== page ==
ing. Khoshaba paused, looked at the ground.
One difference between words you read and
words you hear is that the drama of a pause
can’t be conveyed on the page. On the page,
a fermata is just a mute arc. Khoshaba’s eyes
opened wide for a moment, then reddened.
“People from Bashiqa and Bahzani are far from
their holy places,” he said. “Sinjar was a mountain of heroes and gentlemen, but now they
are scattered in camps across Greece, camps in
Turkey, camps in Syria.” He paused again. And
then: “What was our sin?”
Yezidi religious leaders had begun to discuss the creation of their first true scripture before 2014. For Yezidis living in Iraq, it might
fulfill the old dream of recognition as a People
of the Book. In the diaspora, it would provide
answers for new generations otherwise cut off
from traditional sources of knowledge. The clerical council had already formed a committee of
experts to start laying out the canon. They had
much to discuss: How to order the texts? What
to leave out? Should rules of conduct be ordered,
too? And, perhaps trickiest of all, how to determine which version of a hymn is the correct one?
But Yezidism is rich precisely because it
lacks a center. Even if the committee could
ever come to agreement, there are individual
memorizers who reject the process entirely, and
they have oral tradition to back them up. In one
important pairing of qewl and chirok, Sultan
Ezi—one of the names of God—converts a
sharia judge to the true religion. To demonstrate his faith, the judge tears up all his papers
and throws them into the sea.
Here is another story. At one point Taylor
and I went to the dusty town of Ain Sifni to
seek an audience with the Baba Sheikh. The
antechamber of the holiest figure in Yezidism
was a small room bathed in the pale light of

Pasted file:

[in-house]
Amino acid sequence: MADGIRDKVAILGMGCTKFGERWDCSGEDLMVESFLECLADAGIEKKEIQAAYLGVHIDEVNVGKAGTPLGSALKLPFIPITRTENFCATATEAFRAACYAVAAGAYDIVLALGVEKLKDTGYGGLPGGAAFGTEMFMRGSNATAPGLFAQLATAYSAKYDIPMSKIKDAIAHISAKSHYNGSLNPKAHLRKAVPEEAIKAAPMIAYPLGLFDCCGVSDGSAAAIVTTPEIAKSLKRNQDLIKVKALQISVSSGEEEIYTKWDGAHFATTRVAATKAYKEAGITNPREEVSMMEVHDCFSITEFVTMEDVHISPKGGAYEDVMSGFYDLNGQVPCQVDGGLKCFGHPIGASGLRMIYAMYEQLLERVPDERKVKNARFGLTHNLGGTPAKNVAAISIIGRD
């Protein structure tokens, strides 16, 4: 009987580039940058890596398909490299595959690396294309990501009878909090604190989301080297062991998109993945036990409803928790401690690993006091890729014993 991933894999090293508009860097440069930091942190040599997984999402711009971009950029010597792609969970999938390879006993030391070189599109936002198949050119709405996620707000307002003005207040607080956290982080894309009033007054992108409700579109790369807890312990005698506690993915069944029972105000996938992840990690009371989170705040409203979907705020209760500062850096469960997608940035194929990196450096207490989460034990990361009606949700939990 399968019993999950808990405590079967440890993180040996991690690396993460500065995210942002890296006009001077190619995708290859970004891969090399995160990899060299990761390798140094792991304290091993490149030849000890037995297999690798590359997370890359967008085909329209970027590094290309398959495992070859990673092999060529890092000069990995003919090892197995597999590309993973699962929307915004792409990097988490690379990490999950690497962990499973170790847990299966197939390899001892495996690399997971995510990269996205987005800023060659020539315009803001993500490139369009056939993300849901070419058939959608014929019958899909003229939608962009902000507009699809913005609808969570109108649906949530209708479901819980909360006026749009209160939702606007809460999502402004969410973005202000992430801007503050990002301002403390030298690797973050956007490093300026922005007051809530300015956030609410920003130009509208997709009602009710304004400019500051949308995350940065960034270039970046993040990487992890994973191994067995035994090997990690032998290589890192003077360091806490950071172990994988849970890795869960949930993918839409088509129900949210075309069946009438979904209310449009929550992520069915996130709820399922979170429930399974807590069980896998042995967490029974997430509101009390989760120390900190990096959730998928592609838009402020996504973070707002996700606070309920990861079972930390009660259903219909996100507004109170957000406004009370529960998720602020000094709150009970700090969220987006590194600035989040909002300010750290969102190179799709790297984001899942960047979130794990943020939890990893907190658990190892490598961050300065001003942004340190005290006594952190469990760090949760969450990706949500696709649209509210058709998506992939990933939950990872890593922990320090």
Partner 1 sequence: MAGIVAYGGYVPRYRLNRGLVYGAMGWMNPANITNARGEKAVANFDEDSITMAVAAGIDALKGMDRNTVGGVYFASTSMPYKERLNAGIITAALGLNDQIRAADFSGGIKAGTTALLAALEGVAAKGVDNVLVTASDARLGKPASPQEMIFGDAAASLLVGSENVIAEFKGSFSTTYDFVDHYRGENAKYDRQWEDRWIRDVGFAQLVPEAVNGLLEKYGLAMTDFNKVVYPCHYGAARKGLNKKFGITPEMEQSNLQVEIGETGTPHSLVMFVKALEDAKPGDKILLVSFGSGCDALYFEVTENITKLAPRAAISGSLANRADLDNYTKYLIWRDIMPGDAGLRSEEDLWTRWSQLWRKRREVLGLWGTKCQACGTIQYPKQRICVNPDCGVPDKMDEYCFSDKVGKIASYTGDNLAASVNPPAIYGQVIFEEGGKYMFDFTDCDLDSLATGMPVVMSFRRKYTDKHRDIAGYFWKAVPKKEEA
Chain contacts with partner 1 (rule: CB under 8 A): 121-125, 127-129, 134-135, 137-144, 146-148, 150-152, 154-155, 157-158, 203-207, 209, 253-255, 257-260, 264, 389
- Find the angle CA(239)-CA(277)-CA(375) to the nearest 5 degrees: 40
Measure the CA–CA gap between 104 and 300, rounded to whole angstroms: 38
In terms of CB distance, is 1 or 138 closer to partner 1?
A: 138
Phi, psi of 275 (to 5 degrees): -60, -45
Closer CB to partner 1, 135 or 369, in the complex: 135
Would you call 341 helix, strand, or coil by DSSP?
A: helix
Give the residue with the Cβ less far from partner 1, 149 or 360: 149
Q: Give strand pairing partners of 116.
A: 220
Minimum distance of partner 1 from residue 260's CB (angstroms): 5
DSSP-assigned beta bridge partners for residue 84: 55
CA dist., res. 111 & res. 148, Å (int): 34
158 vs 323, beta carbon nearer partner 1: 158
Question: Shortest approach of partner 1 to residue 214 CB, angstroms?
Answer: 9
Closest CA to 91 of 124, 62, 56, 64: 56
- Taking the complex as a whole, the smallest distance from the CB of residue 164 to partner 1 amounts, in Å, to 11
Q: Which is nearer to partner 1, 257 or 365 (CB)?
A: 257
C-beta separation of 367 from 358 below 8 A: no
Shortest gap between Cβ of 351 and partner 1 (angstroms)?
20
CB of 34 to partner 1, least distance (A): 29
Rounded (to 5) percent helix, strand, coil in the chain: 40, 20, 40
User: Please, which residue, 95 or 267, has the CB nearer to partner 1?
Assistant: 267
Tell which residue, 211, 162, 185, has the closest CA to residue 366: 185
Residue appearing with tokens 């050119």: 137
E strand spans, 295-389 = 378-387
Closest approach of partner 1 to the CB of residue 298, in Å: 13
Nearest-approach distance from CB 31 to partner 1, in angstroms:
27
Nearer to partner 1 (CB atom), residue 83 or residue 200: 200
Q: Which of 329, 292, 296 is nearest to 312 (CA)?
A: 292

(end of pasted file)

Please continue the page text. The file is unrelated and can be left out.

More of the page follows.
weak fluorescents, with a minifridge that heaved
to life now and then and couches whose fake
leather came off in filmy pieces on my palms.
After a while the electricity went out, and everyone turned on the flashlights on their phones
until a diesel generator revved up outside.
A man named Hadi, a brother of the Baba
Sheikh—his German national ID read “Hadi
Babascheich”—received us. He had a commanding mustache and wore a dark blazer and
a large watch. Taylor was telling him about his
plan for an archive of hymns when Hadi took
out his phone and started swiping. He wanted
to show us something. He crossed the room,
and I moved over so he could sit between us on
our couch. On the screen I could see a young
girl, unsmiling, in beige fatigues. She was a
Yezidi. The next picture showed her in lingerie. The screen was angled toward Taylor, but
I couldn’t bring myself to crane my neck for a
an ISIS soldier appeared. This grinning, graybearded man, Hadi said, had bought the girl as
his slave. The pictures came from some kind of
On the drive back to the city of Dohuk,
Mirza told us he had never been religious. He
didn’t care if the oral tradition was preserved
at all. “I never listen to qewls or chiroks, and I
don’t understand what they mean anyway,” he
said. He had served as a translator for the U.S.
Army during the Iraq War, received a special immigrant visa, and moved to Nebraska.
“Without religion people would have one less
reason to kill each other,” he said. “I moved
to the U.S. because I don’t want my children
to think about religion at all.” And yet he had
returned to Iraq. His wife, also a Yezidi, had
It was nighttime now. Mirza had been
translating conversations about the fate of
his people for many hours. Outside the window, an unruly flame spouted from an oil well;
then we passed it, and the highway grew dark
again. “You know what I think?” Mirza asked
at last. “One day the Yezidis will be finished.”
We drove the rest of the way to Dohuk without another word.
The tune I remember, could I but keep the words.
—Virgil, 38 BC